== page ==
It was not until the Motion Picture Production Code began to break down with the decline of the studio system in the 1950s and more significantly, in the 1960s, that Hollywood films began to break away from the censorious moral-political culture that the bosses and the politicians has clamped down on it. Here culture and politics interacted with the economic changes in ownership and a generational shift in attitudes to transform the terrain. Much of that culture and politics that was most significant came from the anti-colonial and anti-imperialist struggles of the so-called Third World and its interaction with western political aspirations. An entire genre, the Western, underwent a major transformation as a result. Where it was once a supreme colonial genre and mythmaker about America’s own origins, it was now turned into a critical vehicle examining racism and territorial expansionism which continues into the present, as the recent, and excellent Western, Hostiles (2017) starring Christian Bale, demonstrates. Equally, America’s post-war consolidation as a corporate dominated economy, also became critically re-examined through the Western genre. The small town, the railroad corporations, the outlaw, these elements of the Western provide a manageable microcosm to explore the emerging power of capital, while also being historically distant enough to escape immediate censure and informal censorship.
Projecting into the future, as well as the past, has also been another way in which the Marxist thematics of class power, class struggle, revolt and revolution, have been played out in the commercial cinema. The science fiction genre has been remarkably receptive to the way Marxism has seeped into the collective unconscious. An early example of this was Fritz Lang’s German expressionist Metropolis (1927), but again some of Hollywood’s most interesting and critical films in recent decades explores the same template set down by Metropolis, namely elites who control technology lording it over the proles who must fight back in order to survive, often culminating in fantasies of revolutionary change as with They Live (1988), In Time (2011), or Elysium (2013), or at the very least targeting a techno-capitalism as the enemy, as in Alien (1979) and its 1986 sequel, Bladerunner (1982), or Moon (2009).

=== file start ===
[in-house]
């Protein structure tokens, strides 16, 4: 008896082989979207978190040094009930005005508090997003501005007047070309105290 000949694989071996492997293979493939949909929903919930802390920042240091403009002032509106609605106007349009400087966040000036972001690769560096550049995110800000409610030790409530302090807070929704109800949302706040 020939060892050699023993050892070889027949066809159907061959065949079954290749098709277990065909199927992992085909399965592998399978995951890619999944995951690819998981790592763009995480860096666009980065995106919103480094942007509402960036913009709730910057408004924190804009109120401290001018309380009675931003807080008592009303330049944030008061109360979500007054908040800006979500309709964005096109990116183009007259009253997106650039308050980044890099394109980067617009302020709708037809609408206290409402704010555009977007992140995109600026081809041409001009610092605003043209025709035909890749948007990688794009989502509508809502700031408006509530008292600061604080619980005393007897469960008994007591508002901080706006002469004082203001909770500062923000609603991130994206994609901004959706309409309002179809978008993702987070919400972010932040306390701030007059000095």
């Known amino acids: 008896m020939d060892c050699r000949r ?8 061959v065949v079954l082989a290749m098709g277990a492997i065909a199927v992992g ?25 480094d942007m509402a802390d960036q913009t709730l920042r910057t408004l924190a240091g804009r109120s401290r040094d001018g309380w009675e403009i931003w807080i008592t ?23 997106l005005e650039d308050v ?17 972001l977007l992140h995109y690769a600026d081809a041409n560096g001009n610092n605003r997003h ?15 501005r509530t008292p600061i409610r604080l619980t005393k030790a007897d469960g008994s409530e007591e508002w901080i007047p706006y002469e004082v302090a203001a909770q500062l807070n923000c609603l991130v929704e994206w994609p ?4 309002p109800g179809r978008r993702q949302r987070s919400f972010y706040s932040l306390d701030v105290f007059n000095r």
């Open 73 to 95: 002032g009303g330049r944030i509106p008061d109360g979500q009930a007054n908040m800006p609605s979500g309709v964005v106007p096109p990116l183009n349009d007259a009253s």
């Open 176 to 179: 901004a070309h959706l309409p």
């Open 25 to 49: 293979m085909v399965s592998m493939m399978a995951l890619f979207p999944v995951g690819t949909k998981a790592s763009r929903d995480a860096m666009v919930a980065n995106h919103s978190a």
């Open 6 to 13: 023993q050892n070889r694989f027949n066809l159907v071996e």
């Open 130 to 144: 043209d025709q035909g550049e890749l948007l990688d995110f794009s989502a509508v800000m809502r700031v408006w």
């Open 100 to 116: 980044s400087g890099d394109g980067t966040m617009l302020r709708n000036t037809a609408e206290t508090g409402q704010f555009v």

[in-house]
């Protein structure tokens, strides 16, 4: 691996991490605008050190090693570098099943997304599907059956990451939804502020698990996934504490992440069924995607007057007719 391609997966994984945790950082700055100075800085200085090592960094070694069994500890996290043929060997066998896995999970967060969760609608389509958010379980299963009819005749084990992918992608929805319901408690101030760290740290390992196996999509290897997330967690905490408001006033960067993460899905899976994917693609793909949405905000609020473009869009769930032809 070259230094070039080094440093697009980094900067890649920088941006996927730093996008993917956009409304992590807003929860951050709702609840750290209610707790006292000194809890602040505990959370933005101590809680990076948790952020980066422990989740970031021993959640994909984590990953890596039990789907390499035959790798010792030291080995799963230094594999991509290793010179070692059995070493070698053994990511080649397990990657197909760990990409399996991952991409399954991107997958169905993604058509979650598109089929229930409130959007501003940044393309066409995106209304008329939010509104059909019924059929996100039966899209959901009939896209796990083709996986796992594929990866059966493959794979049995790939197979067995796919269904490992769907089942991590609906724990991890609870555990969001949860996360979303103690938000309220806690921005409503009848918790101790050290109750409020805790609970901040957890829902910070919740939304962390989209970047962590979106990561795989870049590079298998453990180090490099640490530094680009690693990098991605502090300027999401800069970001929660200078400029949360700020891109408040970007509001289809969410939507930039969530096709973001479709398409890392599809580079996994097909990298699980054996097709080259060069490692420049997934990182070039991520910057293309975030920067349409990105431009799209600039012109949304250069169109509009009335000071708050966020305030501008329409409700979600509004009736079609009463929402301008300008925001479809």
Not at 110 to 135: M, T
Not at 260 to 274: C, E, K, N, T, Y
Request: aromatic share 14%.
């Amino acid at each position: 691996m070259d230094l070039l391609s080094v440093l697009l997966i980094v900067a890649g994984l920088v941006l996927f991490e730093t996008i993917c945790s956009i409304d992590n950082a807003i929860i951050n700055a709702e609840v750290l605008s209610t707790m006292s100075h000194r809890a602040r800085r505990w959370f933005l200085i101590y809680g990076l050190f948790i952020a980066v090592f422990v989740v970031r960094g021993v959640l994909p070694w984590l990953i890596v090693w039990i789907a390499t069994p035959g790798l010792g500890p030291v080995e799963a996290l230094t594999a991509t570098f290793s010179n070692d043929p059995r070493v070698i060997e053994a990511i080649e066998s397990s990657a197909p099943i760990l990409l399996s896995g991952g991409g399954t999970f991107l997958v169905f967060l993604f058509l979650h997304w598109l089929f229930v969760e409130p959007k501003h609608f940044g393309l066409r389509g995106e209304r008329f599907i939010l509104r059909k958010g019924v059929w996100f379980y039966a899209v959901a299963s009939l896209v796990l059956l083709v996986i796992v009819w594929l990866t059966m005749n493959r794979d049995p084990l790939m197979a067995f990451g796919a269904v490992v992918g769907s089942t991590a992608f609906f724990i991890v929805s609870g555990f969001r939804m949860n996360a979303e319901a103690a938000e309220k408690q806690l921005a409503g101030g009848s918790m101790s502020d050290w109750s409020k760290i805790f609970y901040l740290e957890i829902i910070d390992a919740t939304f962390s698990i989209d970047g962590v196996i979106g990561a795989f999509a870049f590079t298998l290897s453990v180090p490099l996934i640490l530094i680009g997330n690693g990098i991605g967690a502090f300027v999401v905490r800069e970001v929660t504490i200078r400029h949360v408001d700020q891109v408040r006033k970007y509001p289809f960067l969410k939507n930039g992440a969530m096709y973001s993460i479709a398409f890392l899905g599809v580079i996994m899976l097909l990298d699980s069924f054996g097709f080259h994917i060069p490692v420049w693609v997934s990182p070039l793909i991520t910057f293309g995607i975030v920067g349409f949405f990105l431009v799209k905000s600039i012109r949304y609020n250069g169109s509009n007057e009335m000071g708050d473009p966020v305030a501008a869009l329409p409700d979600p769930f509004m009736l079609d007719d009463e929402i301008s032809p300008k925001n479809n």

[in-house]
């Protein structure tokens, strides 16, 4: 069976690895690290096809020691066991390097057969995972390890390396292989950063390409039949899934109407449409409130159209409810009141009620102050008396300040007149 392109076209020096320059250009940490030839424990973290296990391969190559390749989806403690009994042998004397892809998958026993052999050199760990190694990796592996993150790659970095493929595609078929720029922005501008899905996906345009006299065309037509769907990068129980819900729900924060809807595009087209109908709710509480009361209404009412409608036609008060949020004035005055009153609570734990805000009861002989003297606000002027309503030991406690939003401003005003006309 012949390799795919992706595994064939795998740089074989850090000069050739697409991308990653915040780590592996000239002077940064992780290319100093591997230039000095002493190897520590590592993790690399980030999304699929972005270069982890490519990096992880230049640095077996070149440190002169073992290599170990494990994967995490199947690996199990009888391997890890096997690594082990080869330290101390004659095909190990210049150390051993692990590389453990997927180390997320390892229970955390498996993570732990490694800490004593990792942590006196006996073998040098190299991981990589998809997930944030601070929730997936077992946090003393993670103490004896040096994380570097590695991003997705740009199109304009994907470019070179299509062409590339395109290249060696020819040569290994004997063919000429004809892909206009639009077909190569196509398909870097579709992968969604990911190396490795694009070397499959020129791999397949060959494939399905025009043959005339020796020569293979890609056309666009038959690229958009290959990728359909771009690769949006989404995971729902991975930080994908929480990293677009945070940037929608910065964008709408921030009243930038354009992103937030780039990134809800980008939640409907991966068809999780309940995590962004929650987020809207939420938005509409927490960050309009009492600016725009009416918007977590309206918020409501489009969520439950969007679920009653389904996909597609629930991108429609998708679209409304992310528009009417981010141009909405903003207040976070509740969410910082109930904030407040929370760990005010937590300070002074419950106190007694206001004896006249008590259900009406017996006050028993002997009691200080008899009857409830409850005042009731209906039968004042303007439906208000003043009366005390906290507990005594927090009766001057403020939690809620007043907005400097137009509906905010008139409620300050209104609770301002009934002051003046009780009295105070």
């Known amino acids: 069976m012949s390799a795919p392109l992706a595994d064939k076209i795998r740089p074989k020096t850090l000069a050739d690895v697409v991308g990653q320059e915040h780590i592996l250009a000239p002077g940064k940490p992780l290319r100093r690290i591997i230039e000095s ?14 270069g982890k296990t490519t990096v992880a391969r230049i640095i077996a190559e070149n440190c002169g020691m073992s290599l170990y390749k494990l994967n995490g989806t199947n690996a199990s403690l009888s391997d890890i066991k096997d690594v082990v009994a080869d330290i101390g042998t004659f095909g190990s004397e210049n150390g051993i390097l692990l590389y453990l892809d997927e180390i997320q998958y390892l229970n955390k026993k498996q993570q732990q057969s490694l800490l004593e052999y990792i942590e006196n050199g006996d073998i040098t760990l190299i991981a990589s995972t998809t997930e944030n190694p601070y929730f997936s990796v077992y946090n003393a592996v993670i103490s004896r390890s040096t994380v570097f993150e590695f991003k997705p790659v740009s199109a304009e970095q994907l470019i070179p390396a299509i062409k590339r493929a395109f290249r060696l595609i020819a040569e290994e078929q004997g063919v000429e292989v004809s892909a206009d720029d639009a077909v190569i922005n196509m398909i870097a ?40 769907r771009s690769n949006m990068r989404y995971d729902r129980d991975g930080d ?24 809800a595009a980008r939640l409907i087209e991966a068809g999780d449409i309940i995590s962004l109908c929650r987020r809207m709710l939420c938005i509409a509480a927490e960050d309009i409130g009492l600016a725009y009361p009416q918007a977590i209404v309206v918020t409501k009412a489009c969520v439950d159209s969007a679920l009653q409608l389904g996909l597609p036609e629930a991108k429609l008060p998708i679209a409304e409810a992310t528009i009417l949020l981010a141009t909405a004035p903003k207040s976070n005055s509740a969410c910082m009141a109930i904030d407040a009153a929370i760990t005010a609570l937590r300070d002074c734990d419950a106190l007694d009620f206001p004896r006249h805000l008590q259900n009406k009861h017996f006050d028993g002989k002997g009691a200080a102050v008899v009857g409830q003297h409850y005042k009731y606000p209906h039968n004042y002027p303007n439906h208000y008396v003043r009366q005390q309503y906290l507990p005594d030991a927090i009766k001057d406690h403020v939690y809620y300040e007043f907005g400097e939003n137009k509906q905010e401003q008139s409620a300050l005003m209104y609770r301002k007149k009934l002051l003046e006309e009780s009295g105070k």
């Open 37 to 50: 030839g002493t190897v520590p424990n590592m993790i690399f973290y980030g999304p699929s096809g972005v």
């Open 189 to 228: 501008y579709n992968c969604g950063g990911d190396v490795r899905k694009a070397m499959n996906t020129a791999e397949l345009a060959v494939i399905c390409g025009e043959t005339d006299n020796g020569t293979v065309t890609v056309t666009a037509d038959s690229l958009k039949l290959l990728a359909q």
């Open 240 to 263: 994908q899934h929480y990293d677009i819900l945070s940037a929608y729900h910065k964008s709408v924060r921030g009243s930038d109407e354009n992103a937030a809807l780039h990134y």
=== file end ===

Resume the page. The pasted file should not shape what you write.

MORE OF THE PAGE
But before Metropolis, there was Aelita: Queen of Mars, a film made by Soviet filmmaker Yakov Protazanov in 1924 at the height of the cultural fermentation in the Soviet arts. Aelita in fact sets the template, with its story of revolt on Mars against tyranny expressing the high ideals of revolution, but also and fascinatingly contrasted with the difficult realities of living with the real revolution in the Soviet Union on earth. In many ways, this film is far more valuable as a insight into the realities and contradictions of the revolution as it was being lived than Sergei Eisenstein’s film the following year, Strike. His revolutionary romanticism (set prior to the 1917 revolution) did not leave much room for exploring ambivalence and personal desire in a situation of material scarcity.
Of course, what Eisenstein did bequeath world cinema was the theory and practice of montage. Again one can hardly overestimate the enormous influence which Marxism has had on world film culture via the concept and practice of montage. It is an editing strategy which generates emotional shocks and perceptual conflicts by the orchestration of shots. This has been absorbed into mainstream commercial filmmaking although often stripped of its political intent – e.g. the famous shower sequence in Hitchcock’s Psycho (1960). This is because the crucial element which Marxist film practice of montage also insisted on, is the making of connections outside the strict limitations of temporal-spatial unity. Without montage it is impossible to conceive a whole tradition of analytical documentary filmmaking that assembles a vast range of materials, from Industrial Britain (1931) to The Corporation (2003), still less the revolutionary montage documentary filmmaking of the Cubans – Santiago Alvarez being the master of this kind of work – and others.